National Roll of the Great War says this of Wilfred Tearle:
Wilfred Tearle 1896 of Bramley, Leeds is the immediately younger brother of Horace Tearle 1892 of Wortley, Leeds. You will find there the common threads of their story, as well as their family history. Horace joined the Yorkshire Hussars, so the two men did not have to share the horrors of the battlefield with each other. The writers of the National Roll captured Wilfred’s story, but for some reason did not retain their copy of Horace’s, if we assume that someone told them. Both these men had a war of nightmare proportions and this is the extent of Wilfred’s: Ypres in Belgium, Albert on the Somme, being wounded twice in one battle and then in another. When you watch newsreels of WW1 soldiers running over the parapet of their trenches, charging towards the enemy (and often only walking) wearing a tin hat for protection and carrying a .303 rifle with bayonet fixed, you know that no-one in his right mind would ever do such a thing willingly, but Wilfred did it multiple times, and at some cost to himself.
If we have a quick look at the 1911 census, again.
you will see that Wilfred is a cloth finisher, most likely in a woollen mill, where they used combs to tease out the surface of the cloth. It is not without its dangers, in comparison with mining, but freely rotating wheels and long leather belts that swished about in the air were a constant menace. Nothing to guard them from hitting the workers, of course.
If National Roll had not written about Wilfred, I would never had known he had a military career, except for an enigmatic medals card, that awarded no medals.
He arrived in France on or about 13 July 1915 and he was finally allowed to go home in June 1919. Most other soldiers were allowed home in January or February 1919, but I suppose it may have been something to do with the conditions he signed up to that held him back, probably helping to clean up the mess in Europe. From this card, we can safely say that Wilfred was awarded the 1914/15 Star, the Victory Medal and the British Medal. The second regiment (I think it is the Irish Regiment) was a procedural transfer only. Many of the regiments that started in the Great War were so decimated at the end of it, that their headquarters were amalgamated into offices large enough to accommodate the staff needed to process the demobilisation of several million men coming back to England. I doubt that Wilfred ever met a single soldier of the Irish Regiment.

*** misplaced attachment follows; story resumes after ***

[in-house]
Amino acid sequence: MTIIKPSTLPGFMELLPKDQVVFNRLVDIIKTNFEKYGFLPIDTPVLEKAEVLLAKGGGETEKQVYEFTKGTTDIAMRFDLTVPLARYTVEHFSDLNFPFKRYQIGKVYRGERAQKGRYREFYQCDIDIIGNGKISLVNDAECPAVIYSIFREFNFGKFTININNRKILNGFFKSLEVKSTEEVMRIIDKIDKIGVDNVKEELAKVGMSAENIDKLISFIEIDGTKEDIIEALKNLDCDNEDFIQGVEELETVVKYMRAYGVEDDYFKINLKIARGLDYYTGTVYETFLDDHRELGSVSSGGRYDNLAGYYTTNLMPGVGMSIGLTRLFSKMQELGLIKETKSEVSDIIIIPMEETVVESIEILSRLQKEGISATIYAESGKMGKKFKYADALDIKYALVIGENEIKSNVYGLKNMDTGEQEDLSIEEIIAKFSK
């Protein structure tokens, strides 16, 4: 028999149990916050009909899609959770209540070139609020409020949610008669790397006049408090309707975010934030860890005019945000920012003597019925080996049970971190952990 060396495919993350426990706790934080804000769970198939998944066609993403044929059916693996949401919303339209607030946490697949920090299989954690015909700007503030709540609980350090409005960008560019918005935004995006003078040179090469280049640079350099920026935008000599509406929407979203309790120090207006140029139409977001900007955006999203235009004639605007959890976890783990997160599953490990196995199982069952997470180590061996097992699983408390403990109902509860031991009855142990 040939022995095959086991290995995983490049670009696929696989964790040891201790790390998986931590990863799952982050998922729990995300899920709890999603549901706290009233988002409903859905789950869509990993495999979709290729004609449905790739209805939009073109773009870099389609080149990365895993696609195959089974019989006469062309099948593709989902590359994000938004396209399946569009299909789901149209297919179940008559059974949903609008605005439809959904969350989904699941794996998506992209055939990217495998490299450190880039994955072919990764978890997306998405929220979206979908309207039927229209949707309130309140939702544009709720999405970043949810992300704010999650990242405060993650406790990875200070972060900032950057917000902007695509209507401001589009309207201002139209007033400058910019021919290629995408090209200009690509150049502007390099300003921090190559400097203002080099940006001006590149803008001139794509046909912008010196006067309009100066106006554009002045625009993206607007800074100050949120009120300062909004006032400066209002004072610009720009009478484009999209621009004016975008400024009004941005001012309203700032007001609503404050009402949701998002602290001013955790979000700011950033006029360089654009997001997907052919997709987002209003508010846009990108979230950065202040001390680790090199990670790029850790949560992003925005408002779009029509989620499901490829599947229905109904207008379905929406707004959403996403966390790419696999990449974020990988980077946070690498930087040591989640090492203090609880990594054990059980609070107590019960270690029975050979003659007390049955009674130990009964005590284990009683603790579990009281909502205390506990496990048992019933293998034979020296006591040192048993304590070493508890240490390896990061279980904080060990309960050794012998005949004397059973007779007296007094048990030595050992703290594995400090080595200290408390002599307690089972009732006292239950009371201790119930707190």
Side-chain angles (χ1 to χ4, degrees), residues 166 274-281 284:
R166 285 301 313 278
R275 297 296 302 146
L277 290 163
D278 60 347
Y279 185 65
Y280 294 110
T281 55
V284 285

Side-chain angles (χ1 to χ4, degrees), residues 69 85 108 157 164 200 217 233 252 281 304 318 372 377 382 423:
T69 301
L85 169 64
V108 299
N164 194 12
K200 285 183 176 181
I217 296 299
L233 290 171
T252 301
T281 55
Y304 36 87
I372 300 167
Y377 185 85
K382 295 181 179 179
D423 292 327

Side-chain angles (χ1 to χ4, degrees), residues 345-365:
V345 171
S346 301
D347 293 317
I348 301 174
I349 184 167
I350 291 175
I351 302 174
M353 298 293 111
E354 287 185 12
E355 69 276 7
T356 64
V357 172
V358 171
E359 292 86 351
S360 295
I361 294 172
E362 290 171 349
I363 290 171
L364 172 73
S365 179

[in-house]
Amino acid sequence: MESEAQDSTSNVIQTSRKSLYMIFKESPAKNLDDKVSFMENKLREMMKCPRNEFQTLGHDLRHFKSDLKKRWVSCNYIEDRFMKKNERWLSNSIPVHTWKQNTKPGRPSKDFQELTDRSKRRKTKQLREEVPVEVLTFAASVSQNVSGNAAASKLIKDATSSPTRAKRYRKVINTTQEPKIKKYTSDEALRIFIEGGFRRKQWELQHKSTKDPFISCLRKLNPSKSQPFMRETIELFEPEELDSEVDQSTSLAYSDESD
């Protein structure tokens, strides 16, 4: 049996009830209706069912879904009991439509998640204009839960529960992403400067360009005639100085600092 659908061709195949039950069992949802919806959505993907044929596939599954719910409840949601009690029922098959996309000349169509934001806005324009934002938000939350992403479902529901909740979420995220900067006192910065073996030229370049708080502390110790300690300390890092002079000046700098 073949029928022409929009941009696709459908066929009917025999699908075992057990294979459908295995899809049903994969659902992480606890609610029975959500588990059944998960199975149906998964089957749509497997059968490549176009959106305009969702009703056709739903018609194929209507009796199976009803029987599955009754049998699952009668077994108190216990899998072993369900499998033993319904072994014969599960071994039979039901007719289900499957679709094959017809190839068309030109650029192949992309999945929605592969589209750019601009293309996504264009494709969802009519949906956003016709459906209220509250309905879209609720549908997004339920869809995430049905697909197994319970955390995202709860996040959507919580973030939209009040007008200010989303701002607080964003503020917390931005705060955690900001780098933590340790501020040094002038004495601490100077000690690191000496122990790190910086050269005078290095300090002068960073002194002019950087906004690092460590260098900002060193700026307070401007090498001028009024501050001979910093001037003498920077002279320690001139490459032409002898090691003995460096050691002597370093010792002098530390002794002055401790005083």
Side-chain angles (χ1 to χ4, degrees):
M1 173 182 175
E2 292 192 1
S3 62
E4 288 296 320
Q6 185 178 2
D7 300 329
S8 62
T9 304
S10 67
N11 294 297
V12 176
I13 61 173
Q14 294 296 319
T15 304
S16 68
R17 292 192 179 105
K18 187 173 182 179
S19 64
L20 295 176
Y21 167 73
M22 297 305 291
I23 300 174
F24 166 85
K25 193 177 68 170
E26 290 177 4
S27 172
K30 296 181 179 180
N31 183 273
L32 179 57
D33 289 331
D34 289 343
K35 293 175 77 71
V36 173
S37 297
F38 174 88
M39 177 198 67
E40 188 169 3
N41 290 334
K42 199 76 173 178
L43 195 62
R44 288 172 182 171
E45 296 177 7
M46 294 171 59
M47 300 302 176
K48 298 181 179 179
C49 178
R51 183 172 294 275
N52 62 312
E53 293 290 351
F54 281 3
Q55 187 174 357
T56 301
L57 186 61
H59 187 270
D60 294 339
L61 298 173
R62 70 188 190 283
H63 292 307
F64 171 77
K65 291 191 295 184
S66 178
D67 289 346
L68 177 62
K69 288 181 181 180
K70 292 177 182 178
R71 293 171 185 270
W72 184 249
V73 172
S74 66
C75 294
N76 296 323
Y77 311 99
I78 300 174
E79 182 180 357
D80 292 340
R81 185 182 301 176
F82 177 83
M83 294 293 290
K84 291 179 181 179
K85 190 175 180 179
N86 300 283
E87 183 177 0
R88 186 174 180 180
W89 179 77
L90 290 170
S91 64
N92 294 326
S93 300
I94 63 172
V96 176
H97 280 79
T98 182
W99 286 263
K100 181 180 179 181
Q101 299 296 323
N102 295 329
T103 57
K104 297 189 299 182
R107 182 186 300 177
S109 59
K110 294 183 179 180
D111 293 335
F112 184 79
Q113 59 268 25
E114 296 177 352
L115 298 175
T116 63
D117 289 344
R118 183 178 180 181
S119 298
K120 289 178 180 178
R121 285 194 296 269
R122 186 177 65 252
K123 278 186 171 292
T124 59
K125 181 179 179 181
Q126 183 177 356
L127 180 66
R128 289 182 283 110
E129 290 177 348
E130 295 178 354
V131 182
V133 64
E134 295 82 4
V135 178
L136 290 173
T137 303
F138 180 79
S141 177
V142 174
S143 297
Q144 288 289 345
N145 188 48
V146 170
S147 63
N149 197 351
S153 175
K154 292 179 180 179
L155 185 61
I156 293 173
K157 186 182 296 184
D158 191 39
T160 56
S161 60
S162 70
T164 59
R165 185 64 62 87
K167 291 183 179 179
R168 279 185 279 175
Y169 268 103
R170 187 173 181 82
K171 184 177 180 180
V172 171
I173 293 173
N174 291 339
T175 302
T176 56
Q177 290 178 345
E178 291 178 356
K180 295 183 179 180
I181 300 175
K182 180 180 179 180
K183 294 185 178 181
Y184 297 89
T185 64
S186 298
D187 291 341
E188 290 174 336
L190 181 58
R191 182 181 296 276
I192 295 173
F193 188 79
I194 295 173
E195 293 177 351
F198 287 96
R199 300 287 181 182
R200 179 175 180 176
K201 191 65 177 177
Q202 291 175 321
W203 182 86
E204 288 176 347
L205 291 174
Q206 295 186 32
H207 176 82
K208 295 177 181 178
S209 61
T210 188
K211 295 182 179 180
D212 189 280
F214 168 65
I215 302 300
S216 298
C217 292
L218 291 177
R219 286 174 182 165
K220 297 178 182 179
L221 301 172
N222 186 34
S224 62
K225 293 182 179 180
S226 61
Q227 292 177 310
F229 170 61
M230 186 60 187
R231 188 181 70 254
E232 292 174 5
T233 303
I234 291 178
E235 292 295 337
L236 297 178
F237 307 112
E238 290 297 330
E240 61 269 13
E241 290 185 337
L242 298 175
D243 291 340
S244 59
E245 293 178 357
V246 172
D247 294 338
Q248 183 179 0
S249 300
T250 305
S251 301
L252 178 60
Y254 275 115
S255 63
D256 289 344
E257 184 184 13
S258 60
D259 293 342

When he was finally allowed home, he married Dorothy Gladys Thornton on 14 Apr 1922, in the church and parish we introduced you to with Horace –
St John the Evangelist, Wortley-de-Leeds. And who should be a witness at his marriage? Horace. The two families at this wedding are working-class to the core, Wilfred is a cloth presser, his father is a miner and Dorothy’s father is a book-maker. I do not think you will find him in a shop or a factory, you will find him at the race-track and the dog-track.
Wilfred and Dorothy had just one child about whom I know very little; Wilfred Bryce Tearle, born in Bramley, Leeds in 1924 and died in Blackpool in 2003.
Wilfred’s injuries would have had a profound effect on the rest of his life. The pain of those injuries would have dogged his every move, and the nightmares occasioned by the dreadful things he had seen and done would have accompanied him to bed every night of his life. Dorothy must have been an angel.
I’m afraid I have no knowledge of when he died, the Yorkshire authorities are always changing Tearle into something else – Teale, Tearly – whatever name it might be, I cannot find it.
If anyone knows the story of Wilfred and Horace better than I do, please contact us using the email address on the Contact Us page; I would be very happy to fill out this story with much more detail.